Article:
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An Interview with April White

Image of April White under water

Editorial Assistant Douglas Walbourne-Gough interviewed April White about her illustrations of garbage that accompany Anna Swanson's poetry in their collaborative project, The Garbage Poems. April White's illustration, "A hum at the edge," will be paired with Anna Swanson’s poem, “Portals,” in the upcoming special 75th anniversary issue of The Fiddlehead that will be published in the spring. 

An interview with Anna Swanson

Photo of Anna Swanson in goggles swimming underwater

Editorial Assistant Melissa Spohr Weiss interviewed Anna Swanson about swimming and writing, creating “found poetry” out of “garbage words,” and her mode of poetic creation that at once came out of and embodies the lived experience of physical and cognitive constraints following a serious concussion. Anna Swanson’s poem, “Portals,” will appear in the upcoming special 75th anniversary issue of The Fiddlehead that will be published in spring

An Interview with Susan Musgrave

Image of Susan Musgrave

Editorial Assistant Melissa Spohr interviewed Susan Musgrave about her creative process, the roles of emotion, dreams, unknowing, and the subconscious, and the poet’s relationship to the poem in its becoming and ongoing revision. Three of Susan Musgrave’s poems—"More Than Seeing," "What We Do,“ and "Life in the Uncontainable World"—will appear in the upcoming special 75th anniversary issue of The Fiddlehead that will be published in spring.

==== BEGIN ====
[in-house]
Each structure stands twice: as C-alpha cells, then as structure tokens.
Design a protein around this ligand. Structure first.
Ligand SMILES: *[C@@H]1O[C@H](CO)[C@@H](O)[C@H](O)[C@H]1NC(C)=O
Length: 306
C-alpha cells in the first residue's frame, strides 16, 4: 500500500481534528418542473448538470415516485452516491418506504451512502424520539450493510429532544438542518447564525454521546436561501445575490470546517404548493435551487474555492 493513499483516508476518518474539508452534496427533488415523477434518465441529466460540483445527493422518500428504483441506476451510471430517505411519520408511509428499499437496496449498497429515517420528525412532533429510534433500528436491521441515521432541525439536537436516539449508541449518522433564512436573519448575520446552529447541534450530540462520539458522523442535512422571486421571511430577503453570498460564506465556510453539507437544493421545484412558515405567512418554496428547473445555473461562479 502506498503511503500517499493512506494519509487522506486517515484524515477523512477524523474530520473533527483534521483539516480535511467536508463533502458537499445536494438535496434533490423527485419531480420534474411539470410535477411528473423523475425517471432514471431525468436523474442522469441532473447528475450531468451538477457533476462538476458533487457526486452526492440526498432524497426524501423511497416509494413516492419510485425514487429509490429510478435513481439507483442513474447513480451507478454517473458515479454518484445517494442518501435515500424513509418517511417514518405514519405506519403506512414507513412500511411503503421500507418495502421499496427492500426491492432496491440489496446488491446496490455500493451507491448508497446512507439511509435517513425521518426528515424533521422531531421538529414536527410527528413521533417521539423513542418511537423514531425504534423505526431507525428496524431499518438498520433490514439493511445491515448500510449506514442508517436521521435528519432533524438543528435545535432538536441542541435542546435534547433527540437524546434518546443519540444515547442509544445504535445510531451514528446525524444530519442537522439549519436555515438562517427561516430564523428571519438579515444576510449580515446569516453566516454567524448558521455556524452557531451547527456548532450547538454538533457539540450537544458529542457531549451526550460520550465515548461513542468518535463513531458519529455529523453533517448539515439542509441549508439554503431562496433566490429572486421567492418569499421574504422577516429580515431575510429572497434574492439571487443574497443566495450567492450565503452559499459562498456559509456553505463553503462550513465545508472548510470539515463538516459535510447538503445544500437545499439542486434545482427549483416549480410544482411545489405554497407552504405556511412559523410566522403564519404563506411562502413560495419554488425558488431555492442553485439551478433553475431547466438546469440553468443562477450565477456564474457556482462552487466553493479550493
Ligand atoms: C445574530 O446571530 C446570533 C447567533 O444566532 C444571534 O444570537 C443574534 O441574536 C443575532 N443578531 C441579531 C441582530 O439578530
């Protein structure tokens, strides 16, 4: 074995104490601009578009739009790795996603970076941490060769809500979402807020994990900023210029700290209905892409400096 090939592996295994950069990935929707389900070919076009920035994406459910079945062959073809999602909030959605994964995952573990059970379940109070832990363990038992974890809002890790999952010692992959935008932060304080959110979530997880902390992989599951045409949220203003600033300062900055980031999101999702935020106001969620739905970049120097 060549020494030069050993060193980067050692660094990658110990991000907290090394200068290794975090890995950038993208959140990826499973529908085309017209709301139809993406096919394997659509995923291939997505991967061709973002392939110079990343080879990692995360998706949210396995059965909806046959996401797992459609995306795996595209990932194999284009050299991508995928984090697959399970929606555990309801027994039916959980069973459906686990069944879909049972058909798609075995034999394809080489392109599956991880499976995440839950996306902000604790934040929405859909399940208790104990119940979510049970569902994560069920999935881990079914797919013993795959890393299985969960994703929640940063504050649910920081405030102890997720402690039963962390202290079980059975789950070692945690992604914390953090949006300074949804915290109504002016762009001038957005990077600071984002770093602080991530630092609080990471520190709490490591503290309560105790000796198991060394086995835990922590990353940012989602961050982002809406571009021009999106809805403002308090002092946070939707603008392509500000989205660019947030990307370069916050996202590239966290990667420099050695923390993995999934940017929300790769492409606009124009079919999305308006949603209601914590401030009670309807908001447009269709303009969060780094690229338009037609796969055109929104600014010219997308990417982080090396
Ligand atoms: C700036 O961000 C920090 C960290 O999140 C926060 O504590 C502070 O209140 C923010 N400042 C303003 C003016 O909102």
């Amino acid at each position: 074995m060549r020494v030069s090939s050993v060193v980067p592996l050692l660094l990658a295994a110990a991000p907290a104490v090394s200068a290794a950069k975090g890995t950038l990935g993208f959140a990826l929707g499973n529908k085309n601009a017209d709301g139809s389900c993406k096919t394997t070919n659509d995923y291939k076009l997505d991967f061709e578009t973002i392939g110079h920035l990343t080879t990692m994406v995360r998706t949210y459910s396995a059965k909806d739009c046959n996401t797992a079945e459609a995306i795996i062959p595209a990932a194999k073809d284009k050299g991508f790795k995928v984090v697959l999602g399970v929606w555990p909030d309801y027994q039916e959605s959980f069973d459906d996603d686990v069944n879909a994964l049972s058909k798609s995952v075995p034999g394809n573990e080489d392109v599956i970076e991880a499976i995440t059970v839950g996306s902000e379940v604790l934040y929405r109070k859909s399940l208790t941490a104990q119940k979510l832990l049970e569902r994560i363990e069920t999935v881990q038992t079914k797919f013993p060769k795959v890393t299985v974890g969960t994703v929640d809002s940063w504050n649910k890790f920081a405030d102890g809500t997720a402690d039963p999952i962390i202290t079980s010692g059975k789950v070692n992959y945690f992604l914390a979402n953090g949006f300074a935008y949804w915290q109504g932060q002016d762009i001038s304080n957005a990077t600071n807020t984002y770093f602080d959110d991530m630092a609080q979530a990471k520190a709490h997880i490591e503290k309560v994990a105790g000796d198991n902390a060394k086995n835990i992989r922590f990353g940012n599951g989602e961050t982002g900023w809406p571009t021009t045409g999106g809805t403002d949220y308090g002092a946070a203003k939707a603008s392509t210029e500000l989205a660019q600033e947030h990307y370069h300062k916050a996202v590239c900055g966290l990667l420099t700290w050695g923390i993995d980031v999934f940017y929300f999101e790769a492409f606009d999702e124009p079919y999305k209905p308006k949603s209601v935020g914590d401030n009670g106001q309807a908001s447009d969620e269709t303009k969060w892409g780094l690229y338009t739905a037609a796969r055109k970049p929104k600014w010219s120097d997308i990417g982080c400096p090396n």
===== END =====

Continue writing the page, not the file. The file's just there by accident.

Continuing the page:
Photo credit: Regina Akhankina

The State of the Art

Image of Nancy Bauer

Recently I learned a new term, “art-washing.” It means that a real estate developer offers a piece of public art to a city government in exchange for its approving a variance in the building code. That happened in Fredericton a few months ago. The city council approved a many-storied condo building bound to spoil a lovely streetscape in the downtown. This comes on the heels of the destruction in Officers’ Square with the removal of many trees, the historic wall and fence, and the green lawn. Those who opposed this demolition were derisively called “The Against Everything Crowd.”

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